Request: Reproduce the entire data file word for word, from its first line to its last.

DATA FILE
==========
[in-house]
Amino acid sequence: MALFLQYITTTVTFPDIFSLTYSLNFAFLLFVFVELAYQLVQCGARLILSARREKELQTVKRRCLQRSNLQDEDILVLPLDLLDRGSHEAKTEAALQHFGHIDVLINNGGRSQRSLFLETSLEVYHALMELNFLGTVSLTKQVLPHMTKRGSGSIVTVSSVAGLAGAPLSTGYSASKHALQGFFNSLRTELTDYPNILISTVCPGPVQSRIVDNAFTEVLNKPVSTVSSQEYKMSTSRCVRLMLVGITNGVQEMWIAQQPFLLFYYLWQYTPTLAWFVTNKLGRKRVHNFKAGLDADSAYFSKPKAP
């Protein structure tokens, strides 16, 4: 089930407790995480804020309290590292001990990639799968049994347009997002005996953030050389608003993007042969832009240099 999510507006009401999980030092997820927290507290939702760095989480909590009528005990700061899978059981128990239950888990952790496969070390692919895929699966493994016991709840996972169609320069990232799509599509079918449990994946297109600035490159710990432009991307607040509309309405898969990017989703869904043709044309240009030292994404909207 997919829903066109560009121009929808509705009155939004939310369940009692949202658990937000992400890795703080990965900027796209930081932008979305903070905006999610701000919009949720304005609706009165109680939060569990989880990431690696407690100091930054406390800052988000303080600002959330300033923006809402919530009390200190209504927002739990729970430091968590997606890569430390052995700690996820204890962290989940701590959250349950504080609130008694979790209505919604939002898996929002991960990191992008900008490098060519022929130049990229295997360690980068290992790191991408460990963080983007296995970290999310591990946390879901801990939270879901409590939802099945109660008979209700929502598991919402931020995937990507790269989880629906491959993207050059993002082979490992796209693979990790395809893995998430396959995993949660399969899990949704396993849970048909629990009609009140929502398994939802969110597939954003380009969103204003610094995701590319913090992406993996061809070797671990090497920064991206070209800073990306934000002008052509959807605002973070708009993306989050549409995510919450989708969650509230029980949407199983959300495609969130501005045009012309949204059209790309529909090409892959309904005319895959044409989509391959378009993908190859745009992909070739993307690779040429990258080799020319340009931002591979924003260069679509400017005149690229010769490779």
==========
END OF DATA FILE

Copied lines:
[in-house]
Amino acid sequence: MALFLQYITTTVTFPDIFSLTYSLNFAFLLFVFVELAYQLVQCGARLILSARREKELQTVKRRCLQRSNLQDEDILVLPLDLLDRGSHEAKTEAALQHFGHIDVLINNGGRSQRSLFLETSLEVYHALMELNFLGTVSLTKQVLPHMTKRGSGSIVTVSSVAGLAGAPLSTGYSASKHALQGFFNSLRTELTDYPNILISTVCPGPVQSRIVDNAFTEVLNKPVSTVSSQEYKMSTSRCVRLMLVGITNGVQEMWIAQQPFLLFYYLWQYTPTLAWFVTNKLGRKRVHNFKAGLDADSAYFSKPKAP
């Protein structure tokens, strides 16, 4: 089930407790995480804020309290590292001990990639799968049994347009997002005996953030050389608003993007042969832009240099 999510507006009401999980030092997820927290507290939702760095989480909590009528005990700061899978059981128990239950888990952790496969070390692919895929699966493994016991709840996972169609320069990232799509599509079918449990994946297109600035490159710990432009991307607040509309309405898969990017989703869904043709044309240009030292994404909207 997919829903066109560009121009929808509705009155939004939310369940009692949202658990937000992400890795703080990965900027796209930081932008979305903070905006999610701000919009949720304005609706009165109680939060569990989880990431690696407690100091930054406390800052988000303080600002959330300033923006809402919530009390200190209504927002739990729970430091968590997606890569430390052995700690996820204890962290989940701590959250349950504080609130008694979790209505919604939002898996929002991960990191992008900008490098060519022929130049990229295997360690980068290992790191991408460990963080983007296995970290999310591990946390879901801990939270879901409590939802099945109660008979209700929502598991919402931020995937990507790269989880629906491959993207050059993002082979490992796209693979990790395809893995998430396959995993949660399969899990949704396993849970048909629990009609009140929502398994939802969110597939954003380009969103204003610094995701590319913090992406993996061809070797671990090497920064991206070209800073990306934000002008052509959807605002973070708009993306989050549409995510919450989708969650509230029980949407199983959300495609969130501005045009012309949204059209790309529909090409892959309904005319895959044409989509391959378009993908190859745009992909070739993307690779040429990258080799020319340009931002591979924003260069679509400017005149690229010769490779």